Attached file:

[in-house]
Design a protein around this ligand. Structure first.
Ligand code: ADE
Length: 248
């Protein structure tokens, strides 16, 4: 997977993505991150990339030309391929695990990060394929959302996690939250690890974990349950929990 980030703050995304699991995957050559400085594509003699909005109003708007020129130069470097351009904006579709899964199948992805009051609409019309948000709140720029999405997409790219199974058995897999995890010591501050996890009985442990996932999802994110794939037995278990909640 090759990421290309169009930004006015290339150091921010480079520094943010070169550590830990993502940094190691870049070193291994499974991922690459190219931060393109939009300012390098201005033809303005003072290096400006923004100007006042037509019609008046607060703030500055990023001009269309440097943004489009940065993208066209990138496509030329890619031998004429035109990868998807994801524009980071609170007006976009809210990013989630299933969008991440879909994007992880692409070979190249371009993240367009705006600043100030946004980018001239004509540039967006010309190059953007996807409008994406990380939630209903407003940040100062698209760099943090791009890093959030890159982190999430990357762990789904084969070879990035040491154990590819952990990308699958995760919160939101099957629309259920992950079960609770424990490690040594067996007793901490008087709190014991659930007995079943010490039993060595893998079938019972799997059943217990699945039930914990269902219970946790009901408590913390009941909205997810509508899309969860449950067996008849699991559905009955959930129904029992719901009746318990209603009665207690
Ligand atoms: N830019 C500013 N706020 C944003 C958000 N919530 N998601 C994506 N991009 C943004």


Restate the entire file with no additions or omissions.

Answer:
[in-house]
Design a protein around this ligand. Structure first.
Ligand code: ADE
Length: 248
């Protein structure tokens, strides 16, 4: 997977993505991150990339030309391929695990990060394929959302996690939250690890974990349950929990 980030703050995304699991995957050559400085594509003699909005109003708007020129130069470097351009904006579709899964199948992805009051609409019309948000709140720029999405997409790219199974058995897999995890010591501050996890009985442990996932999802994110794939037995278990909640 090759990421290309169009930004006015290339150091921010480079520094943010070169550590830990993502940094190691870049070193291994499974991922690459190219931060393109939009300012390098201005033809303005003072290096400006923004100007006042037509019609008046607060703030500055990023001009269309440097943004489009940065993208066209990138496509030329890619031998004429035109990868998807994801524009980071609170007006976009809210990013989630299933969008991440879909994007992880692409070979190249371009993240367009705006600043100030946004980018001239004509540039967006010309190059953007996807409008994406990380939630209903407003940040100062698209760099943090791009890093959030890159982190999430990357762990789904084969070879990035040491154990590819952990990308699958995760919160939101099957629309259920992950079960609770424990490690040594067996007793901490008087709190014991659930007995079943010490039993060595893998079938019972799997059943217990699945039930914990269902219970946790009901408590913390009941909205997810509508899309969860449950067996008849699991559905009955959930129904029992719901009746318990209603009665207690
Ligand atoms: N830019 C500013 N706020 C944003 C958000 N919530 N998601 C994506 N991009 C943004």